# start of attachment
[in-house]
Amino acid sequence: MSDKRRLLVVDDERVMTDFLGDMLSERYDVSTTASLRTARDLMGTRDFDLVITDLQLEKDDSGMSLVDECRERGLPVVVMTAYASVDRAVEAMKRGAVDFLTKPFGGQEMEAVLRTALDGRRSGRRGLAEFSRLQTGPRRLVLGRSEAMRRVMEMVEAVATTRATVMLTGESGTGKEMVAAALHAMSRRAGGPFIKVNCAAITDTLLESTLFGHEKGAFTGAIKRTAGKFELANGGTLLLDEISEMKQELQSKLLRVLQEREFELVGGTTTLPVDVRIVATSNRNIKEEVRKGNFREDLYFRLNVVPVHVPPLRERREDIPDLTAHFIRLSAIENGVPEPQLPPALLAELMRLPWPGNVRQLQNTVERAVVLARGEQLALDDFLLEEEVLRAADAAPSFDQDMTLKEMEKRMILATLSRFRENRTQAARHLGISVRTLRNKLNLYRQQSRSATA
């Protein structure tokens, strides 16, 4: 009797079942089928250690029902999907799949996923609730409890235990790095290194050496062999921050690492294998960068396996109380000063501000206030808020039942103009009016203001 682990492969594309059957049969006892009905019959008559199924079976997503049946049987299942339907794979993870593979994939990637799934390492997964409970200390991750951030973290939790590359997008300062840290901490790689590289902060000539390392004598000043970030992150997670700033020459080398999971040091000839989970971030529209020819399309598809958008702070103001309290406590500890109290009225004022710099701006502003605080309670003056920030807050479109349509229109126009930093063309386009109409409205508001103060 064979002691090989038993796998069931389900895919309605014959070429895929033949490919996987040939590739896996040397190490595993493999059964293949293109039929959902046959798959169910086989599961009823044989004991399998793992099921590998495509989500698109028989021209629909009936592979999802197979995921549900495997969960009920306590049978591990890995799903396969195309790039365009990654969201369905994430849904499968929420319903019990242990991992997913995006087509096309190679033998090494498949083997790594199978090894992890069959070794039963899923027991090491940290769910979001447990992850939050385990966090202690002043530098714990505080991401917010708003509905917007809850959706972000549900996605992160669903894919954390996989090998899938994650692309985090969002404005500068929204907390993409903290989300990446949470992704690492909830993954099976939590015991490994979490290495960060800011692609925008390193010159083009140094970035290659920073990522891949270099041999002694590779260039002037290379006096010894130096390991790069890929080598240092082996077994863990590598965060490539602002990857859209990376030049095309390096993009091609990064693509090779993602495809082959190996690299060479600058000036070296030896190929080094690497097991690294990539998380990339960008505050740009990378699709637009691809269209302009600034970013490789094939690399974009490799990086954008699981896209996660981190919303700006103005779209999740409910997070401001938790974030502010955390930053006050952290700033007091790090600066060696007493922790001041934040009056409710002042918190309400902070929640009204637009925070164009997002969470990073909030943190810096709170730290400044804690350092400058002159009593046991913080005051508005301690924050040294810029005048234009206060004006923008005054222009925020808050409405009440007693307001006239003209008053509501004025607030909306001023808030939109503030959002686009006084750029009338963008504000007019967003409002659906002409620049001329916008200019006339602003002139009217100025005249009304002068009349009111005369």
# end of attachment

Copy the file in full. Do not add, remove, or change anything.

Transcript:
[in-house]
Amino acid sequence: MSDKRRLLVVDDERVMTDFLGDMLSERYDVSTTASLRTARDLMGTRDFDLVITDLQLEKDDSGMSLVDECRERGLPVVVMTAYASVDRAVEAMKRGAVDFLTKPFGGQEMEAVLRTALDGRRSGRRGLAEFSRLQTGPRRLVLGRSEAMRRVMEMVEAVATTRATVMLTGESGTGKEMVAAALHAMSRRAGGPFIKVNCAAITDTLLESTLFGHEKGAFTGAIKRTAGKFELANGGTLLLDEISEMKQELQSKLLRVLQEREFELVGGTTTLPVDVRIVATSNRNIKEEVRKGNFREDLYFRLNVVPVHVPPLRERREDIPDLTAHFIRLSAIENGVPEPQLPPALLAELMRLPWPGNVRQLQNTVERAVVLARGEQLALDDFLLEEEVLRAADAAPSFDQDMTLKEMEKRMILATLSRFRENRTQAARHLGISVRTLRNKLNLYRQQSRSATA
């Protein structure tokens, strides 16, 4: 009797079942089928250690029902999907799949996923609730409890235990790095290194050496062999921050690492294998960068396996109380000063501000206030808020039942103009009016203001 682990492969594309059957049969006892009905019959008559199924079976997503049946049987299942339907794979993870593979994939990637799934390492997964409970200390991750951030973290939790590359997008300062840290901490790689590289902060000539390392004598000043970030992150997670700033020459080398999971040091000839989970971030529209020819399309598809958008702070103001309290406590500890109290009225004022710099701006502003605080309670003056920030807050479109349509229109126009930093063309386009109409409205508001103060 064979002691090989038993796998069931389900895919309605014959070429895929033949490919996987040939590739896996040397190490595993493999059964293949293109039929959902046959798959169910086989599961009823044989004991399998793992099921590998495509989500698109028989021209629909009936592979999802197979995921549900495997969960009920306590049978591990890995799903396969195309790039365009990654969201369905994430849904499968929420319903019990242990991992997913995006087509096309190679033998090494498949083997790594199978090894992890069959070794039963899923027991090491940290769910979001447990992850939050385990966090202690002043530098714990505080991401917010708003509905917007809850959706972000549900996605992160669903894919954390996989090998899938994650692309985090969002404005500068929204907390993409903290989300990446949470992704690492909830993954099976939590015991490994979490290495960060800011692609925008390193010159083009140094970035290659920073990522891949270099041999002694590779260039002037290379006096010894130096390991790069890929080598240092082996077994863990590598965060490539602002990857859209990376030049095309390096993009091609990064693509090779993602495809082959190996690299060479600058000036070296030896190929080094690497097991690294990539998380990339960008505050740009990378699709637009691809269209302009600034970013490789094939690399974009490799990086954008699981896209996660981190919303700006103005779209999740409910997070401001938790974030502010955390930053006050952290700033007091790090600066060696007493922790001041934040009056409710002042918190309400902070929640009204637009925070164009997002969470990073909030943190810096709170730290400044804690350092400058002159009593046991913080005051508005301690924050040294810029005048234009206060004006923008005054222009925020808050409405009440007693307001006239003209008053509501004025607030909306001023808030939109503030959002686009006084750029009338963008504000007019967003409002659906002409620049001329916008200019006339602003002139009217100025005249009304002068009349009111005369």